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Community/Public Health Nursing Introduction Public health nursing dates back to 1861, when Florence Nightingale initially spoke out on the issue, advocating change in the care of the ill. Nightingale thought that the home was the most appropriate and cost-effective place to care for someone. Through her efforts, many programs were designed to help train nurses to care for people in their own homes in addition to an institutional setting. Nightingale strongly believed that all people were better served when cared for in their own homes (Monteiro, 1985). In America, Lillian Wald started the public health tradition in the late 1800s in New York City. She had the idea that the current system of bedside clinical nursing or teaching families to provide care in homes was insufficient. She developed interventions addressing health policy, school health, and testified to Congress in order to address community issues such as poverty, child labor, and pollution (Nies & McEwen, 2006). From this foundation, community health/public health (CH/PH) nursing has evolved to include many differing perspectives, concepts, and theories. Community health and public health are unique in that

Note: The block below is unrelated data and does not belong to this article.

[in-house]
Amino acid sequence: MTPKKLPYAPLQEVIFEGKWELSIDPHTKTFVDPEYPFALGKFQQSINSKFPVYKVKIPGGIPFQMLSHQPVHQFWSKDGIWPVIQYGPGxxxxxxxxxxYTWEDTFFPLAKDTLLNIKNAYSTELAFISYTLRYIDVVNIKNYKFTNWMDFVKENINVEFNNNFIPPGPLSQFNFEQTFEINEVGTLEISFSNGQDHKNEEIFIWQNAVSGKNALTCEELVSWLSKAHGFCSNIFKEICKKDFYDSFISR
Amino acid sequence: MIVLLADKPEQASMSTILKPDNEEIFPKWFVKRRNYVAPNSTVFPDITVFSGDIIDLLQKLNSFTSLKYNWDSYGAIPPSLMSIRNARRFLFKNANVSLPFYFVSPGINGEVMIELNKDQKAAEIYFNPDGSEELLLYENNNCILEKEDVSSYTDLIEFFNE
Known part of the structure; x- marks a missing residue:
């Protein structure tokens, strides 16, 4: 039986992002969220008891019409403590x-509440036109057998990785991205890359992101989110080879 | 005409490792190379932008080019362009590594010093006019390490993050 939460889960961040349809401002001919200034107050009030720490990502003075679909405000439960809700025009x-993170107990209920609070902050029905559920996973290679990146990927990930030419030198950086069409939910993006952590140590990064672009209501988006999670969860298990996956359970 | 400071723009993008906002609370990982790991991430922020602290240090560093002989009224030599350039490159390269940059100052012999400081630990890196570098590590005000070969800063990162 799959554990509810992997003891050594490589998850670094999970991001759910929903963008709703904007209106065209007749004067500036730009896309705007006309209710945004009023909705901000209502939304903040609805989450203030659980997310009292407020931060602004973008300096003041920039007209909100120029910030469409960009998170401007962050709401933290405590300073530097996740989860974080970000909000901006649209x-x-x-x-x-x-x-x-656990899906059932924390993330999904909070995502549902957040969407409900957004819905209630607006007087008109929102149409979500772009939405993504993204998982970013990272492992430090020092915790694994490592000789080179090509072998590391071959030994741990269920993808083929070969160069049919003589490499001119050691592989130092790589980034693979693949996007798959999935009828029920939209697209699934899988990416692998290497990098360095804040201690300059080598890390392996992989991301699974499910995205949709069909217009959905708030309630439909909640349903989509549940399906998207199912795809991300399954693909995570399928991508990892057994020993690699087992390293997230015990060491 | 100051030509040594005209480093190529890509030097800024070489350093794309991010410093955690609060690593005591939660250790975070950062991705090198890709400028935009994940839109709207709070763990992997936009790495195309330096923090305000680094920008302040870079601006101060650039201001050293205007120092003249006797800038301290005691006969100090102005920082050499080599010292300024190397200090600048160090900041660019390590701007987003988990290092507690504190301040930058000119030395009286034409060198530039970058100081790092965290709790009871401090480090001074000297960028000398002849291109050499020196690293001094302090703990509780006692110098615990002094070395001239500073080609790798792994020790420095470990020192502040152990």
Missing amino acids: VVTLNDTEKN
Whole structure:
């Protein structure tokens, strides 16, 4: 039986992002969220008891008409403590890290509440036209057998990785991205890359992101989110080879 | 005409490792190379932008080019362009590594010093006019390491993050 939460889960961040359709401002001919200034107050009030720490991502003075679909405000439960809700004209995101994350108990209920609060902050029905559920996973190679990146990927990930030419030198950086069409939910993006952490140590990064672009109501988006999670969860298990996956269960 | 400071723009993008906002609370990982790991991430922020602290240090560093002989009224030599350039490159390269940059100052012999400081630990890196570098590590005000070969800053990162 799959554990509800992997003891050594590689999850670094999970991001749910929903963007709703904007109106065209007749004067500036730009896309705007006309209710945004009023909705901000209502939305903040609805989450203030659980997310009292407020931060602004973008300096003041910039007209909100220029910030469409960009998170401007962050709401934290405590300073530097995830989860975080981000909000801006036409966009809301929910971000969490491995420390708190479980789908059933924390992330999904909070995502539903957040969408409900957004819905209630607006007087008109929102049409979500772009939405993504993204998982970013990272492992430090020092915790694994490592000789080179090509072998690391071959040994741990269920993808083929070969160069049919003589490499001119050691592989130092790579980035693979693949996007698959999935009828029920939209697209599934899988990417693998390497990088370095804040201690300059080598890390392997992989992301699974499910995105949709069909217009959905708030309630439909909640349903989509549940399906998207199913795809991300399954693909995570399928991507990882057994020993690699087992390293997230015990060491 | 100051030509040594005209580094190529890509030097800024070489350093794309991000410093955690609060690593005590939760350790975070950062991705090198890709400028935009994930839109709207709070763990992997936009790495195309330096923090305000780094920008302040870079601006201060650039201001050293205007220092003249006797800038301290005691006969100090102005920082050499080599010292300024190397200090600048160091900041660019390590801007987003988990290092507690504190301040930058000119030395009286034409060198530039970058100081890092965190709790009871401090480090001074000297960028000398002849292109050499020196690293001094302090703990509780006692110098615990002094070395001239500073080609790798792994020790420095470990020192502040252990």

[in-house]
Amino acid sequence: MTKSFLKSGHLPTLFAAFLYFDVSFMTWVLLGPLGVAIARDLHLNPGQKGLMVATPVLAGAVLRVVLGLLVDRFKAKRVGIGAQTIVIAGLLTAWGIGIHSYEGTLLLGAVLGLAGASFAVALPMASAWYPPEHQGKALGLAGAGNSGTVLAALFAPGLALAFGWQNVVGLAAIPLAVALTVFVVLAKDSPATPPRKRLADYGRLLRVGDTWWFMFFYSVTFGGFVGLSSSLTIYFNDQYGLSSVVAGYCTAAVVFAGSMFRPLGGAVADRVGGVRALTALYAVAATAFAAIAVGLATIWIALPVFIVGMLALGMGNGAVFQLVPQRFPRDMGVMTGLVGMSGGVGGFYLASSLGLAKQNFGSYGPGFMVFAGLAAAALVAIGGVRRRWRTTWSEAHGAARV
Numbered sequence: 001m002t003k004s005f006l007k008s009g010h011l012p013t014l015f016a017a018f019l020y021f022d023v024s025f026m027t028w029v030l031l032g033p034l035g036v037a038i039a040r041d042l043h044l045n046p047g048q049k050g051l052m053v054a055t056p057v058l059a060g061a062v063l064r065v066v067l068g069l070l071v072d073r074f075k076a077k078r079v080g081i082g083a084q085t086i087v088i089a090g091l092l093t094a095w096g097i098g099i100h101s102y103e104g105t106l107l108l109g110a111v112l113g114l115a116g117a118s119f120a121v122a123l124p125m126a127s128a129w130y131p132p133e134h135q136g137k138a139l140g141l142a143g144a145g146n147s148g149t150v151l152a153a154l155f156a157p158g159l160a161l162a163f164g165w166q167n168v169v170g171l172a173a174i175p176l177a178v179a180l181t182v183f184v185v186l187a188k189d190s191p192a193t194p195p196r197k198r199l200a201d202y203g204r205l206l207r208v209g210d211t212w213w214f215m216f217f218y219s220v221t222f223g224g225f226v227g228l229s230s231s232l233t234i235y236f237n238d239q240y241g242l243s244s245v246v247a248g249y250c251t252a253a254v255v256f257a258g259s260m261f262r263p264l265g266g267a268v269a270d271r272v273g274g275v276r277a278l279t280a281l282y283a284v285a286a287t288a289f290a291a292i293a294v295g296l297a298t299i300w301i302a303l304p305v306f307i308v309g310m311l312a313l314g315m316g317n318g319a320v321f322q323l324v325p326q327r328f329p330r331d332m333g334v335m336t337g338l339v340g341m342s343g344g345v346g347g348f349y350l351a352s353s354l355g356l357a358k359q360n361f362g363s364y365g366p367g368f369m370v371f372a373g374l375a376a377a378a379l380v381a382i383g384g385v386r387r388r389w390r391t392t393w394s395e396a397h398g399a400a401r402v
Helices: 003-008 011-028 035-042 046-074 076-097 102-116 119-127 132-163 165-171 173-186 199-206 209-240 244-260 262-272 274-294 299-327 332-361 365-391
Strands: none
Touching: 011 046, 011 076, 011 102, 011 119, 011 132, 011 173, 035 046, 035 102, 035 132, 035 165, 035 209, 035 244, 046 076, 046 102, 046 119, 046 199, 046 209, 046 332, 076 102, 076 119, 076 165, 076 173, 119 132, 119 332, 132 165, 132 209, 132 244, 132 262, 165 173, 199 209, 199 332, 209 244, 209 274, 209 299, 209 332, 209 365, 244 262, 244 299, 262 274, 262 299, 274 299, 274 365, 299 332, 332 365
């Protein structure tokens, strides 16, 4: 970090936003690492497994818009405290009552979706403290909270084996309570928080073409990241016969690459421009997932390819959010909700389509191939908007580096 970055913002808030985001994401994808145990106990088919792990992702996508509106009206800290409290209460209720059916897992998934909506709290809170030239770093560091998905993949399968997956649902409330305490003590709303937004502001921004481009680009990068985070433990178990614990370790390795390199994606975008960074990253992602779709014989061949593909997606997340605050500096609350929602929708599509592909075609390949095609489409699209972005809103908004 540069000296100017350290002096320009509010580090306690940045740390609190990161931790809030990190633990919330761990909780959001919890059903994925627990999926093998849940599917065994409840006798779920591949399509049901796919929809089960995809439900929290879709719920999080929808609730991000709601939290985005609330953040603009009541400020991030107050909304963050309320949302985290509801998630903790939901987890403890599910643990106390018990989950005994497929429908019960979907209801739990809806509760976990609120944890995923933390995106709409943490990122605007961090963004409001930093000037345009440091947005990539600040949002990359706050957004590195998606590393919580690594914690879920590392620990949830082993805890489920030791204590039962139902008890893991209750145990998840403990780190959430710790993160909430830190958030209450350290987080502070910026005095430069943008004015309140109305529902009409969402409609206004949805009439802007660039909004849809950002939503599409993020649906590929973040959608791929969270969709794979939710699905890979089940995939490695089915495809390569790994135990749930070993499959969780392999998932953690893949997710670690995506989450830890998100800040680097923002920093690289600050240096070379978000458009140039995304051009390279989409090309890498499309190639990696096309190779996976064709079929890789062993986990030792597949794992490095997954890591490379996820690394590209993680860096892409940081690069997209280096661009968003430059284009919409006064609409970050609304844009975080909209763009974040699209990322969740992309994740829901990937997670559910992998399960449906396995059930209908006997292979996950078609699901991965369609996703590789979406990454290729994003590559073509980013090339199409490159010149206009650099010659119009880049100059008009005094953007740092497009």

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the main focus is on prevention of illness and disease as opposed to the medical model in which treatment or action is not taken until a condition presents itself. Community and public health are based on the premise of the three Ps: prevention, promotion and protection. Within these three levels are subsections: primary, secondary, and tertiary. These same three levels of prevention are utilized in the acute care setting. For example, when considering a staph infection, primary prevention would involve education about staph and how it is transmitted. Secondary prevention addresses screening or detecting the presence of the disease and keeping it from spreading or getting worse (i.e., returning to the highest level of normalcy). Tertiary prevention involves ensuring this will not occur again, perhaps through proper precautions such as hand washing. Community Health/Public Health Nursing Today, CH/PH nursing focuses on the health and well-being of communities and populations. The CH/PH nurse may care for the individual, family, and groups or aggregates with the overall focus of preserving the health of communities or populations. This population is determined by the nurse’s place of employment, government health agencies, or community sites. The overall objective is not to care for individuals in their homes but to find methods to encourage health for the greatest number within a given community. Therefore, these nurses are vital intermediaries in creating healthy communities through collaborative partnerships with health providers, health entities, and the public, and are also actively involved in health policy development. Refer to chapter 1 in the textbook (Maurer & Smith, 2009), which explains the difference between community health nursing and community-based nursing. Community health (CH) nursing is unique compared with other areas of nursing practice. This specialty is a combination of public health nursing art and science and nursing art and science. The table below compares community health nursing with other clinical practice areas in nursing. Community Health Nursing Other Clinical Practice Client Total community, aggregates, groups, families, individuals Individual patient and family Major Goal of Practice Maintains, promotes, or improves health of entire community Personal health services Client Entry Into HCDS Outreach to groups Client comes into system Breadth and Scope of Practice Comprehensive care for all aspects of community health over a long time Episodic service Provider-Client Relationship Mutual participation Client dependent, cooperative, or mutual participation The Center for Public Health Nursing (Keller, Strohschein, Shaeffer, 2004) defines the following as the cornerstones of public health nursing: • Focuses on the health of entire populations, with emphasis on the determinants of health. • Reflects the priorities and needs of communities served. • Establishes caring relationships with communities, families, individuals, and systems served. • Grounded in social justice, compassion, sensitivity to diversity, and respect for the worth of all people, with special emphasis on the vulnerable. • Applies a holistic approach to health, encompassing the mental, physical, emotional, spiritual, social, and environmental aspects of health. • Health is promoted through strategies driven by epidemiological evidence. • Practices effective collaboration with community resources, but can and will work alone, if necessary. • Authority for independent action is derived from the Nurse Practice Act. CH Nurse Practice and Subspecialties The CH nurse addresses the individual, family, and groups or aggregates and their impact on the broader community. Aggregate means a group with one or more common characteristics, and may be defined by health status (e.g., people with hypertension), demographic variable (e.g., single mothers), or the setting (e.g., those in a senior center). The focus of the community health nurse practice is prevention, health promotion, and risk reduction. This is accomplished through a collaborative approach with other health professionals, health and community entities, and most importantly, the target population (Williams, 2004). Community health nurse generalists and specialists provide care in differing roles (Maurer & Smith, 2009). The specific subspecialties in which these roles can be practiced are school nursing, parish nursing, correctional health nursing, occupational health nursing, hospice nursing, home health nursing, public health department nursing, forensic nursing, camp nursing, rural health nursing, and more. Working in any of these subspecialties allows for the care of communities through individuals, families, and aggregates utilizing a variety of concepts and theories. Additional Core Concepts in CH Nursing There are many concepts and theories utilized in the practice of CH nursing. The Maurer and Smith (2009) text explains concepts such as ethics, systems theory, nursing theory, public health theory, levels of prevention, justice, direct/indirect care, and epidemiology (refer to chapters 1 and 7). Additional concepts such as public health core functions are critical in CH nursing. Public Health Core Functions In 1998, the Institute of Medicine’s publication The Future of Public Health identified three primary functions, called core functions, of public health. It is imperative that CH nurses become familiar with, and skillful at, these functions. The core public health functions are assessment, policy development, and assurance. • Assessment: Regular collection, analysis, and information sharing about health conditions, risks, and resource in a community, including diagnosis of health problems and hazards (Institutes of Medicine, 2003) • Policy development: Use of information gathered during assessment to include the community members and mobilize coalitions to develop local and state health policies and to direct resources toward those policies (Institutes of Medicine, 2003) • Assurance: According to the Institutes of Medicine (2003), assurance is the function that will enforce laws and regulations that protect health and ensure safety, link people to needed personal health services and assure the provision of health care when otherwise unavailable, assure a competent public health and personal health care workforce, and evaluate effectiveness, accessibility, and quality of personal and population-based health services (p. 99). • These core functions provide a basis to ensure that society can be healthy. The public core functions are represented at all levels of government and many public and private groups. Individuals can also work with these functions toward a healthy public (Stanhope & Lancaster, 2004). Political and Legislative Processes “Professional advocacy, untempered by a wider vision of health care and patient concerns, will lose nursing the purity of its voice. For it is the quality of this dedication to patients which gives nursing its power.” This quote by Rory Hays, a lobbyist for the Arizona Nurses Association, sums up the importance of nurses maintaining a voice in health care and patient issues (Arizona Nurses Association, n.d.a). In order to care appropriately for a patient or client in community health nursing, a nurse must be educated in legislative issues, lobbying, health policy, and political activism. Basic information, such as how a bill becomes a law, critical lobbying techniques, and how to see political development or activism in the form of a framework, will assist a nurse with the critical political influence that will provide a voice for nursing and the broader community. Influence in Politics There are many other ways in which nurses can influence the political arena. The Arizona Nurses Association (n.d.b) provides the following 10-step plan. 1. Vote. 2. Contribute to a nursing association’s political action committee. 3. Write to a legislator from the community. 4. Attend a Nurses’ Legislative Day. 5. Become active in local politics. 6. Volunteer for nursing-endorsed candidates. 7. Call local representatives and find out what their stand is on important health care issues. 8. Write a letter to the editor of a newspaper regarding health policy issues. 9. Contribute to nursing-endorsed candidates. 10. Be a contact person for legislators (i.e., legislative liaison). Nurses who are aware of the steps and/or practice any or all of the steps can assess their political development. This is important for growth and development within the political arena. Framework for a Nurse’s Political Development Nurses develop politically at different paces, if at all. A framework modified by Kelly (2007) addresses the five steps by which a nurse can be categorized in relation to political development. This framework can assist nurses in assessing their current stage of development and ideas, or direct them on how to proceed to the next stage. 1. Apathy: “The apathetic nurse doesn’t belong to professional organizations, takes little or no interest in legislative politics as they relate to nursing and health care, and may not be a registered voter” (Kelly, 2007, p. 55). 2. Buy-In: “The nurse starts to recognize the importance of activism within professional nursing organizations but hasn’t taken an active role in these organizations. He or she starts to become interested in legislative politics related to critical nursing issues, but takes little or no political action. Nurses at this stage are likely to be registered voters” (Kelly, 2007, p. 55). 3. Self-Interest: “The nurse seeks involvement in professional organizations to further his or her career and seeks to develop and use political expertise to promote professional selfinterest” (Kelly, 2007, p. 55). 4. Political Interest: “The nurse is active at the professional organizational level and may hold an organizational office at the local or state level. He or she has moved beyond self-interest and recognizes the need for activism on behalf of the public” (Kelly, 2007, p. 55). 5. Leading the Way: “The nurse serves in an elected or appointed position at the state or national level of a professional organization. To provide true leadership on broad health care interests within legislative politics, he or she may seek appointment to policy-making bodies. Some nurse-leaders seek election to political office” (Kelly, 2007, p. 55). Conclusion Power is “the ability to influence others, the ability to do or act, and achievement of the desired result” (Hitchcock, Schubert, & Thomas, 2002, p. 428). This statement defines what nurses need in order to lead the way in health care issue and policy. Nurses influence others with their voices, as well as advocate for their patients and communities. Nurses who have a grasp on basic legislative knowledge, appropriate lobbying techniques, and their political development are better prepared to use their voices and have the power to make a difference. References Arizona Nurses Association. (n.d.a). A legislative hotline. Retrieved March 26, 2009, from